The apple has been the fruit family scapegoat ever since Eve plucked it from the tree of the knowledge of good and evil and was thrown out of Paradise. As with many scapegoats, the apple is more than the sum of its misdemeanours. The fact is this: Eve likely never set eyes on an apple, within Paradise or without.
In Middle English, apple was used to denote fruit, including nuts, excepting berries. Pomme de terre is French for potato–literally, earth apple. Pomum is Latin for apple and fruit. Pomona was the Roman goddess of fruit. Apple has long been a generic word for fruit and also a word for a specific fruit whose significance to British, Celtic, and European peoples cannot be overstated.
The wild apple is native to Europe and Western Asia and the crab apple is indigenous to Britain. The Greeks and Romans planted apple orchards. Apples maintained the immortality of the Norse gods and goddesses. Apple bark and the soil of apple orchards have been used to promote fertility. Apples have ensured health and healing, perhaps for 5000 years, or more.
(“To eat an apple before going to bed will make the doctor beg his bread.”)
Did Snow White accept the fateful third gift because it was offered in the shape of this essential fruit? Was the apple the evil Queen’s poisoned medium of choice because of its popularity? The fact is, in the earliest versions of the Snow White tale there was no poisoned apple. The Grimm brothers placed that apple in the Queen’s gnarled hand. The question is: Why?
Early variants of “Snow White” include the tale of the child Lisa who is put to sleep by an enchanted comb (“The Young Slave,” Giambattista Basile, 1634); Maria, who is undone by an enchanted ring (“Maria, the Wicked Stepmother, and the Seven Robbers,” Italy); and Ermellina who falls asleep twice, after tasting poisoned sweetmeats and then after being fitted with a too tight garment (“The Crystal Casket,” Italy).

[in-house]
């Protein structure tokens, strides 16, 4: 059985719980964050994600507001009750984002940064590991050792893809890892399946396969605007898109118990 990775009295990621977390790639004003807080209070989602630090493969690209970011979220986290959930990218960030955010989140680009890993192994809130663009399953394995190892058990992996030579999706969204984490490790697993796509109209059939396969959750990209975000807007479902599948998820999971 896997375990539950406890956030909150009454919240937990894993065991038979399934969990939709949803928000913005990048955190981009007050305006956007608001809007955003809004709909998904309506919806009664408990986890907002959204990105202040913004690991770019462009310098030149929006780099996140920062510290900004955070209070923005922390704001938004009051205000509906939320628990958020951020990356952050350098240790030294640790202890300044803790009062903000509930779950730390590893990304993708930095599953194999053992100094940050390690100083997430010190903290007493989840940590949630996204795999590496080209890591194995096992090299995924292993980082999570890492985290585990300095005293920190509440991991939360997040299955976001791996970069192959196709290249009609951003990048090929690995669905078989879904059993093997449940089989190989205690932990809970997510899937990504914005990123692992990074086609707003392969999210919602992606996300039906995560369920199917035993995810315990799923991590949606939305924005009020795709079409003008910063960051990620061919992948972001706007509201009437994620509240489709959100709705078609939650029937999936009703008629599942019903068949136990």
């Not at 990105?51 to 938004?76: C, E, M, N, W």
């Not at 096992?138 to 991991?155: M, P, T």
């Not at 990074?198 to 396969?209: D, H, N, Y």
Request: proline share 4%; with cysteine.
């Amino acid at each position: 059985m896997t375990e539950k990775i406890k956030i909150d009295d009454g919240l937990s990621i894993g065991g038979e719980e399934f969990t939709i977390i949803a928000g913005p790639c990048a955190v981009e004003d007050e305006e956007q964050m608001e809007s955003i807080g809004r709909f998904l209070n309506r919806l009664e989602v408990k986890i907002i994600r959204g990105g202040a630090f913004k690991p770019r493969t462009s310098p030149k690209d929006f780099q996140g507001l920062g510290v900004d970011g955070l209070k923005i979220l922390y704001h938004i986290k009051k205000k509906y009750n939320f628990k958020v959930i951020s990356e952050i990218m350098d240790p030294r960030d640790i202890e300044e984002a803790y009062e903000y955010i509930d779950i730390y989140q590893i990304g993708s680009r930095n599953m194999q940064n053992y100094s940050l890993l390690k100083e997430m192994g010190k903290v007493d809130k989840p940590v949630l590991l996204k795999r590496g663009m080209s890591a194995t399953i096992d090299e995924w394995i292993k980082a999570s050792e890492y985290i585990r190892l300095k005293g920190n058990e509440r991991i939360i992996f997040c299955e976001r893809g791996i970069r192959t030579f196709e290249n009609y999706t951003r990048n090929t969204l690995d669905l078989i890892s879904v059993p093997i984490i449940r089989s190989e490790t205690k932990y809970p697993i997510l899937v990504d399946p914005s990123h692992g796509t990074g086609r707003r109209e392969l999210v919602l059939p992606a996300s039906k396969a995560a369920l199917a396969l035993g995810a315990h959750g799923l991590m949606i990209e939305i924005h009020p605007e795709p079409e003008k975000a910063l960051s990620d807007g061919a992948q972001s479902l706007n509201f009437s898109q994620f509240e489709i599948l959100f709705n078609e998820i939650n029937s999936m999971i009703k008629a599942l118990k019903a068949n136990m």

Jacob and Wilhelm Grimm published their first edition of fairy tales, Kinder-und Hausmarchen, in 1812. From the start they worked to smooth the rough edges of the tales, appropriating them for the gentle reader of the day whose Christian values were paramount. Later Grimm editions of the tales, including even later translations by others, continued to make them more palatable. The Grimms introduced the poisoned apple to “Snow White.” Their earliest version has the Queen offer the ebony-haired girl the poisoned half of an apple, while she eats the healthy half in order to reassure the hesitant Snow White. Interestingly, by cutting the apple in half the Queen reveals the five-pointed star at the seed centre (a pentagram), the same characteristic of the fruit that made it significant to Druidic and other pagan ceremonies, making it anathema to Christian religious officials of the Middle Ages and later. The Grimms were Christian men and tried not to offend. The bad apple was a symbol to which their readers could relate.
With hindsight, perhaps a red apple is the best vector for Snow White’s descent into death-like sleep. We envision her consuming the Queen’s toxic essence, which parallels early versions of the tale that have the Queen eating what she believes to be the innocent girl’s heart in an attempt to consume Snow White’s purity, youth, and beauty. The red apple is the blood soaked heart. On another note, the red skin of the apple reflects the hue of Snow White’s blood-red lips and, after all, appearance is everything, even if things are not always as they appear.